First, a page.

This is the point where I want to reach out to those of you who had a less than positive birth yourselves. Maybe things didn’t turn out the way that you planned. Maybe it was down right horrible for you. Your feelings are valid and your story needs to be told. Just not to her. Not now.
I know you’re worried for her because of what happened to you and that is completely understandable, but this is exactly why birth plans are good. We know that what really makes a positive birth is feeling listened to and respected whatever the outcome is. Birth plans are instrumental in this.
There is so little space for women to talk about their experiences and all too often people make it clear they don’t want to hear it. Fobbing us off with a phrase like “all that matters is a healthy baby” (a phrase which needs it’s own separate, very long blog post.) I see this anecdotally every time I explain to someone what I do. No matter the age or background, whether the experience was good or bad, women spill their stories to me. They talk with passion and emotion like it was only yesterday. Women don’t forget.
As doulas we put a lot of work into debriefing our own experiences. It’s not appropriate for us to bring our stories to someone else’s birth space, so we tell each other. We are lucky. We get that opportunity and we are always listened to.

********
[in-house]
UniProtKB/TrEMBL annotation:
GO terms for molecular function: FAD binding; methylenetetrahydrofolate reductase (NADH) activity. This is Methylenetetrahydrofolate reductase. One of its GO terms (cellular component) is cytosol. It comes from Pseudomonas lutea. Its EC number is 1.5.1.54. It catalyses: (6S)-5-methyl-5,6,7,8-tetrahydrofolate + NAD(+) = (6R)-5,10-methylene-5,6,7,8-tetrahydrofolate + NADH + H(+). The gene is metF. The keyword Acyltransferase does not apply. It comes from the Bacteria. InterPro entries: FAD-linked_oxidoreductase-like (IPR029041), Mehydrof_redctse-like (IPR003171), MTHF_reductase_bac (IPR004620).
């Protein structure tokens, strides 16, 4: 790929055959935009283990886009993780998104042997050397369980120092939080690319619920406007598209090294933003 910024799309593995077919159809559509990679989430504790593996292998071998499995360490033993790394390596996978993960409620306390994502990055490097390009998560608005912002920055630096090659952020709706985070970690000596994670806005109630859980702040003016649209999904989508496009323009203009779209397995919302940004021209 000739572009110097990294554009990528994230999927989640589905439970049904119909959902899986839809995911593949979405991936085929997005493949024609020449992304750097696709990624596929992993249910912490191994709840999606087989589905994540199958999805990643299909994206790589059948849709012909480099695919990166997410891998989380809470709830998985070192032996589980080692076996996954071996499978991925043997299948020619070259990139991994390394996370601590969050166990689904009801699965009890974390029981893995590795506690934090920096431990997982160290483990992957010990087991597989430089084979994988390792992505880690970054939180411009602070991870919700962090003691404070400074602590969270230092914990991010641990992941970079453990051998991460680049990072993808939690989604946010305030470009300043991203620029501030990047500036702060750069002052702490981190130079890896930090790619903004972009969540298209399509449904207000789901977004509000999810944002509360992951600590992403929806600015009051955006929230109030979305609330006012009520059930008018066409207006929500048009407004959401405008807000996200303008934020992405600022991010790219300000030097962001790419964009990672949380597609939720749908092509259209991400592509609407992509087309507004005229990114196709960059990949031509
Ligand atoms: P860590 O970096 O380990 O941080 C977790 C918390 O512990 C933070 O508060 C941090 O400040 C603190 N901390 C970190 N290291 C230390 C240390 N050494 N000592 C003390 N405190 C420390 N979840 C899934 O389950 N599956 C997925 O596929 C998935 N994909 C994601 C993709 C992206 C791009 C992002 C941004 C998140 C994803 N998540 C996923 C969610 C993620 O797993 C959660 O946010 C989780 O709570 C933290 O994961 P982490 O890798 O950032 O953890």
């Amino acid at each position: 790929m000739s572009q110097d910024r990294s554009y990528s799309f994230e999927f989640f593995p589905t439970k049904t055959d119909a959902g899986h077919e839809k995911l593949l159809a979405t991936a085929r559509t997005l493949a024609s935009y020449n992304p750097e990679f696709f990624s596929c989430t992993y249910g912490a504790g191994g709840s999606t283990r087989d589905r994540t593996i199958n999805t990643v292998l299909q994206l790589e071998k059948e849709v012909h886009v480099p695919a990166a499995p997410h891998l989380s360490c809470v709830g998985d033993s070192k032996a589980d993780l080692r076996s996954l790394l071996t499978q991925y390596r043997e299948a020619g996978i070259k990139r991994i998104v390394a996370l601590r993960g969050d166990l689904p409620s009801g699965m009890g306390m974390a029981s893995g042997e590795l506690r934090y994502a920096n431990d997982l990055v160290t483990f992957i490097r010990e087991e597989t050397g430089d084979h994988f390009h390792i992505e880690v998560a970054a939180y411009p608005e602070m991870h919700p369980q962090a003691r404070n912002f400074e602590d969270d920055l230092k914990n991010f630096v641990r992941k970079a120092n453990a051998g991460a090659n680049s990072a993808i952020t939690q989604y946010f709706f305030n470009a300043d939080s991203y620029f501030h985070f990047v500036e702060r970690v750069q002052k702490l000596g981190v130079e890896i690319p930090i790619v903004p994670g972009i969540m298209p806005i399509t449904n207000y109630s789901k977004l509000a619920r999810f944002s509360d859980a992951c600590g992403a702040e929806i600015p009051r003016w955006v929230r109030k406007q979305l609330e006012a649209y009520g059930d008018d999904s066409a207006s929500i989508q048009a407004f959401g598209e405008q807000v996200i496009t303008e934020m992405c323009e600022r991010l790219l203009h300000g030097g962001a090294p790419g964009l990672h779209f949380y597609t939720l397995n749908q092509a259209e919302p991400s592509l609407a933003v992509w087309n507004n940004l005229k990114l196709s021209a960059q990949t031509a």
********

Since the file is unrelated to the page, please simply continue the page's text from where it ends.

This could be considered radical but what I want to suggest is that you support your friends in their choices. You behave positively about their intentions and if you find that it’s bringing up stuff for you, write it down or find someone (who is not pregnant) who can actively listen and debrief with you. When you look at her birth plan and feel the need to point out the bad stuff that ‘could happen’ what she hears is that you don’t believe in her and you don’t think she can do it. She’ll feel demoralised and whatever the outcome of her birth, it’s likely you won’t be the one she comes to to talk it through. This isn’t your story, it’s hers, and she needs you to be strong for her.